More key executives resign from Zynga

The troubled game maker loses its chief marketing officer and CTO of infrastructure, the latest in a growing executive exodus.

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Steven Musil
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Zynga's chief marketing executive and CTO of infrastructure resigned today, joining a parade of executives fleeing the troubled game maker.

The resignation of CMO Jeff Karp was announced today in a regulatory filing (PDF) with the U.S. Securities and Exchange Commission. CTO of Infrastructure Allan Leinwand revealed on his LinkedIn page that he had assumed the position of CTO for platform development at cloud services company ServiceNow

Karp's resignation comes a month after the departure of Chief Operating Officer John Schappert, who resigned in early August after being replaced as head of the games division in a corporate restructuring.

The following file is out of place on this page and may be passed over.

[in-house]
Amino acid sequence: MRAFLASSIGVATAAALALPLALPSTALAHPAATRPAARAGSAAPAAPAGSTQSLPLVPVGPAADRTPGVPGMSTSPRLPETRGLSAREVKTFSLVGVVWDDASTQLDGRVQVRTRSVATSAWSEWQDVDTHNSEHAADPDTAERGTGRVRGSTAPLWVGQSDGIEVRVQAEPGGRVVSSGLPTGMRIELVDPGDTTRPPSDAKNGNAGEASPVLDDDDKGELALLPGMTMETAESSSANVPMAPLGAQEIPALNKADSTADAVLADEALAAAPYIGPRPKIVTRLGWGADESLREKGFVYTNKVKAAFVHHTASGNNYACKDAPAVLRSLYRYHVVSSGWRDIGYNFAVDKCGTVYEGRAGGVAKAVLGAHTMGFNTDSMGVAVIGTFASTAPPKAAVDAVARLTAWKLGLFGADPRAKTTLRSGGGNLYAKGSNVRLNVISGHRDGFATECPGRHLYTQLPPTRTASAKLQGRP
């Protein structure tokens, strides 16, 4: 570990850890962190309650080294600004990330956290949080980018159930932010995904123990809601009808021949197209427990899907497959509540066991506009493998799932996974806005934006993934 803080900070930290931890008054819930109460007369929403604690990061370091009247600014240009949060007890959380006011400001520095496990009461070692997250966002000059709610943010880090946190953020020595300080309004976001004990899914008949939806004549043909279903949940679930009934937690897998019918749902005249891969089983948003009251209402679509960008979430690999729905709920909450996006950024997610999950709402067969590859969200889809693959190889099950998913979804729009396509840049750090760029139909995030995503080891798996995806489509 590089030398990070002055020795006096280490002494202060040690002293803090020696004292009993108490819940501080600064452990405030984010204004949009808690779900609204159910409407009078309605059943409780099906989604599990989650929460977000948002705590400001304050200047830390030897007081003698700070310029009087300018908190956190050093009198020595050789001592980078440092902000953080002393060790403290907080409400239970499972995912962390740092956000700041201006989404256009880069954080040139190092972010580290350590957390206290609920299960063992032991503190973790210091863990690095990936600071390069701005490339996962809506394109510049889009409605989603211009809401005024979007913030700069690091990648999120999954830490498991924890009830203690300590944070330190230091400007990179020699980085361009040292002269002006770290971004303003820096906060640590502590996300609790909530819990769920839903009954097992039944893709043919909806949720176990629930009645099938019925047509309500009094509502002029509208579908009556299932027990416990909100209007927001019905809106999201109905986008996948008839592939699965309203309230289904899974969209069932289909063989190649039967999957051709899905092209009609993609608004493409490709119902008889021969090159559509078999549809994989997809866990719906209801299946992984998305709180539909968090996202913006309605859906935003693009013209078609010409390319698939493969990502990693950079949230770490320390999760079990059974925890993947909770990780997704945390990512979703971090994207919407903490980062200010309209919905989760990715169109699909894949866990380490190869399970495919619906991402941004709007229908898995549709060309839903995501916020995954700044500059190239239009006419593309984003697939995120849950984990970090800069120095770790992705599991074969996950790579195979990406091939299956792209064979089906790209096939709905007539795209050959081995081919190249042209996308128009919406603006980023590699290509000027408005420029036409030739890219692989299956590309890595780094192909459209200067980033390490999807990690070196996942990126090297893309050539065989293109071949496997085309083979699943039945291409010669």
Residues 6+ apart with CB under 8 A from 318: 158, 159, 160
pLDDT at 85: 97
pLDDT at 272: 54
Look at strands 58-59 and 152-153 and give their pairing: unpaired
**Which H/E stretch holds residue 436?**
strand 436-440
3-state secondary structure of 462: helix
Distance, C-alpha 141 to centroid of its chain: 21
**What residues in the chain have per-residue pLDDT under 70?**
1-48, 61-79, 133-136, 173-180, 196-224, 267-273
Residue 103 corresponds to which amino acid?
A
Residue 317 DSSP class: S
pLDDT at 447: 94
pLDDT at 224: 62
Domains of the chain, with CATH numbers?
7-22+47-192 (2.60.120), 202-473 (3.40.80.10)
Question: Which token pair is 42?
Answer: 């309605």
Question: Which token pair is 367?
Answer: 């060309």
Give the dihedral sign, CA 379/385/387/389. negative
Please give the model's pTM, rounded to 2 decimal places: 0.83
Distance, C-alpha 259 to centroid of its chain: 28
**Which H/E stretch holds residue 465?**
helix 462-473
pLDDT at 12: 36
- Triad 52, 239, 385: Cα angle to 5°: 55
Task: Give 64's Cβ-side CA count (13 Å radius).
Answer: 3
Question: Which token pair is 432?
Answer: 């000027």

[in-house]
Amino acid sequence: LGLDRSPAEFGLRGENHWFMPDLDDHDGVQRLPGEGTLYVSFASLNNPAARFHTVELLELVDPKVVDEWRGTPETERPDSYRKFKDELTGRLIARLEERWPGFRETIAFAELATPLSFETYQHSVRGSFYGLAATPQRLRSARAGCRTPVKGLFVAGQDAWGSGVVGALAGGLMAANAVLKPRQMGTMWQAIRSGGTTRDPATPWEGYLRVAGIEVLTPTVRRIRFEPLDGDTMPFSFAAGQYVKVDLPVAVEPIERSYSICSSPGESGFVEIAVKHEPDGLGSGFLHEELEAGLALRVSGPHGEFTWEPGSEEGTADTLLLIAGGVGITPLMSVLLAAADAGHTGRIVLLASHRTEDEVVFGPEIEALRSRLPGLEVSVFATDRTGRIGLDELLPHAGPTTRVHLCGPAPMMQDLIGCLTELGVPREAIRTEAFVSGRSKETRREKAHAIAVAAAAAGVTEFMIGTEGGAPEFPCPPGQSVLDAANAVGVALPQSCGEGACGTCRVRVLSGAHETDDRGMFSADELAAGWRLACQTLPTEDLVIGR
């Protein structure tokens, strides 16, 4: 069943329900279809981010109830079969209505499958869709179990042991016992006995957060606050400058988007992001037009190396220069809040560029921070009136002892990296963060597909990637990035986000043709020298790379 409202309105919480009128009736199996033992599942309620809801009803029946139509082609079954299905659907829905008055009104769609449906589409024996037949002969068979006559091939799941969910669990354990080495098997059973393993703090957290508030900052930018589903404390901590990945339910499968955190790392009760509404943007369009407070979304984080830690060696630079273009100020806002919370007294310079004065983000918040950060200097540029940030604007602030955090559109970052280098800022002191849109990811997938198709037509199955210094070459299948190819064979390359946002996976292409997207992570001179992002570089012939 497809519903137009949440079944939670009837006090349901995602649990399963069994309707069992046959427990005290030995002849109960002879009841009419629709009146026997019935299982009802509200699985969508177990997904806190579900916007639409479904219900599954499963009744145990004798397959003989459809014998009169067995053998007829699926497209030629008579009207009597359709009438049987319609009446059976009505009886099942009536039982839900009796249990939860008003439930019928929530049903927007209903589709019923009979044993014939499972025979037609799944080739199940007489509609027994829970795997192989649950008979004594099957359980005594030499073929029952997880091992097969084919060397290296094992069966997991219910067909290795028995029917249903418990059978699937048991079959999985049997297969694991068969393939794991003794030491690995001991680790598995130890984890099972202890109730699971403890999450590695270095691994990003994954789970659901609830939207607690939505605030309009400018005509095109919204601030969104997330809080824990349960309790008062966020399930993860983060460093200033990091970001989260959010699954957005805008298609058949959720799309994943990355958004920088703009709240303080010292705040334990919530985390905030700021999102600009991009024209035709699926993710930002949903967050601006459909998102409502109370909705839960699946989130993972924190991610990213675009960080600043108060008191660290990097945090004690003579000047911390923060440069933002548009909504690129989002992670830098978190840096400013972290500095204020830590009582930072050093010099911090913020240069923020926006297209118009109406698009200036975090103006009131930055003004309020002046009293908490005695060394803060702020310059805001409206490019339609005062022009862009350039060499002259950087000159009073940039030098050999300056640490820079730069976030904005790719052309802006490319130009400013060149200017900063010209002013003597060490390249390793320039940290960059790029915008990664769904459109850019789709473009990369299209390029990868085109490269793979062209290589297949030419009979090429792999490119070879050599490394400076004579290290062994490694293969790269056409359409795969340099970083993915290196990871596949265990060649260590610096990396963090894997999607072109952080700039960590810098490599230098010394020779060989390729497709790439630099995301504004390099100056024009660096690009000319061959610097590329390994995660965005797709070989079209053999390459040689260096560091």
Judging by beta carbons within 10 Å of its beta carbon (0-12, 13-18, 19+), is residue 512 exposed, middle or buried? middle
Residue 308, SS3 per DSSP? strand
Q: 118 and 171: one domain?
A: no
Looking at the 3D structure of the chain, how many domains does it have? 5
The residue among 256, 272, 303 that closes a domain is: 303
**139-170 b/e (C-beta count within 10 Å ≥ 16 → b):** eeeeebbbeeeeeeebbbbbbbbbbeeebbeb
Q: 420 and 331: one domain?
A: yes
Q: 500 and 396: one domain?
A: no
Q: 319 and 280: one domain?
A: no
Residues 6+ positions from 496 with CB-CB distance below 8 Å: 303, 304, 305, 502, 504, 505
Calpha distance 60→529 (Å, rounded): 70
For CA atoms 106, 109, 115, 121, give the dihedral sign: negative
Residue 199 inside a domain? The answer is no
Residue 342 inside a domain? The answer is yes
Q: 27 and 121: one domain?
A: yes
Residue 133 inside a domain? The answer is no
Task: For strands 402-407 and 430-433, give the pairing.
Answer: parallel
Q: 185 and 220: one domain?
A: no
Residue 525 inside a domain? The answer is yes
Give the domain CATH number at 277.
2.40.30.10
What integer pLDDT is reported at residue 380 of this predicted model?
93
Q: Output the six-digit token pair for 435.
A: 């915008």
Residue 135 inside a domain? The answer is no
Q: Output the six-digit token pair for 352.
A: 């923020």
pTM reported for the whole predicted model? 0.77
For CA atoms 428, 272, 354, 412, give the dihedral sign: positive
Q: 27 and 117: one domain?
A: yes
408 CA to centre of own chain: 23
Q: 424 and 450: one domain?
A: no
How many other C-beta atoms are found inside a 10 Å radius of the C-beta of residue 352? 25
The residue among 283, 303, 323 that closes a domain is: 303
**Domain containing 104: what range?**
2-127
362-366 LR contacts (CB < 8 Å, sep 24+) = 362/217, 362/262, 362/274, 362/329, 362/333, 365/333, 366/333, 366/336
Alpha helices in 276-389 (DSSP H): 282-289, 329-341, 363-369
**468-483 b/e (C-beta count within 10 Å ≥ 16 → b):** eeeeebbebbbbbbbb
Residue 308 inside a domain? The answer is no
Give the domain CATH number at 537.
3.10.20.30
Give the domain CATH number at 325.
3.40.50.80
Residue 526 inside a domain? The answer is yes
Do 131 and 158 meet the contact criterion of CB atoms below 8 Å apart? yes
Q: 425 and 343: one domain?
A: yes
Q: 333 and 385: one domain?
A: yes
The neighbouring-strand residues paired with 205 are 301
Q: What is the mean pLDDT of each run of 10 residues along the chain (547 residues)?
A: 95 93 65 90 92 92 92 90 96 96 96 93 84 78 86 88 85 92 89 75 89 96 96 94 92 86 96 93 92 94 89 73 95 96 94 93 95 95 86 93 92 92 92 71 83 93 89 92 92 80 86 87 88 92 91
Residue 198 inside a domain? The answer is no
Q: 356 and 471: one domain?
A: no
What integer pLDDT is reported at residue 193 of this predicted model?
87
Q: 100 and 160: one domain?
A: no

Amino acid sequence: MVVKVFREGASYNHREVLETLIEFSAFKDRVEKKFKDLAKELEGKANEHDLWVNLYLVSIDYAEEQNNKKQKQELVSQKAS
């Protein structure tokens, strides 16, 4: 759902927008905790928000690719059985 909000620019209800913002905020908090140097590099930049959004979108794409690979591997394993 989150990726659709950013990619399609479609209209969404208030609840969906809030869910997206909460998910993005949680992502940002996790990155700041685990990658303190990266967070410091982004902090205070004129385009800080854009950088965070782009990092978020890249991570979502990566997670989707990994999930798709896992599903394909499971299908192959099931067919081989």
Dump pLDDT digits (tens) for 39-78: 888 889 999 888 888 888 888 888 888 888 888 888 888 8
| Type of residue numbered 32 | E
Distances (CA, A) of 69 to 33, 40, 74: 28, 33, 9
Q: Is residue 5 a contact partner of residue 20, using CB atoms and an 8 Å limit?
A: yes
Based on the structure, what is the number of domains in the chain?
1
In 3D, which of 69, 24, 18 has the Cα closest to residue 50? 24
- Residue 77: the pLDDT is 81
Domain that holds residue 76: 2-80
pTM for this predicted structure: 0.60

Zynga's statement on the departure of Karp, who joined the company a little more than a year ago:

Jeff Karp is leaving Zynga, and the groups in his organization have been realigned under appropriate existing divisions. Our marketing and revenue teams have always been industry leaders, and as we continue our transition toward mobile and multiplatform game creation and distribution, their continued execution will be key to our future success. We are grateful to Jeff for his contributions over the last year and wish him well in his future endeavors.

Karp and Leinwand join an exodus of executives over the past couple of weeks at the San Francisco-based game company. In addition to Schappert, Mike Verdu, chief creative officer, announced his departure late last month after three years with the company. Verdu aims to start his own game startup, in which Zynga will make an investment.

Other recent departures include Ya-Bing Chu, a vice president in the company's mobile division, and Jeremy Strauser, a general manager. Erik Bethke, a general manager of Mafia Wars 2, and Alan Patmore, a general manager for CityVille, both publicly revealed their departure from the company in July.

Zynga, which has been struggling to maintain user engagement, turned in disappointing second-quarter earnings in July, causing its stock price to nose-dive more than 40 percent. Its shares were down six cents today, or about 2 percent, to close at $2.82, slightly above its 52-week low of $2.66.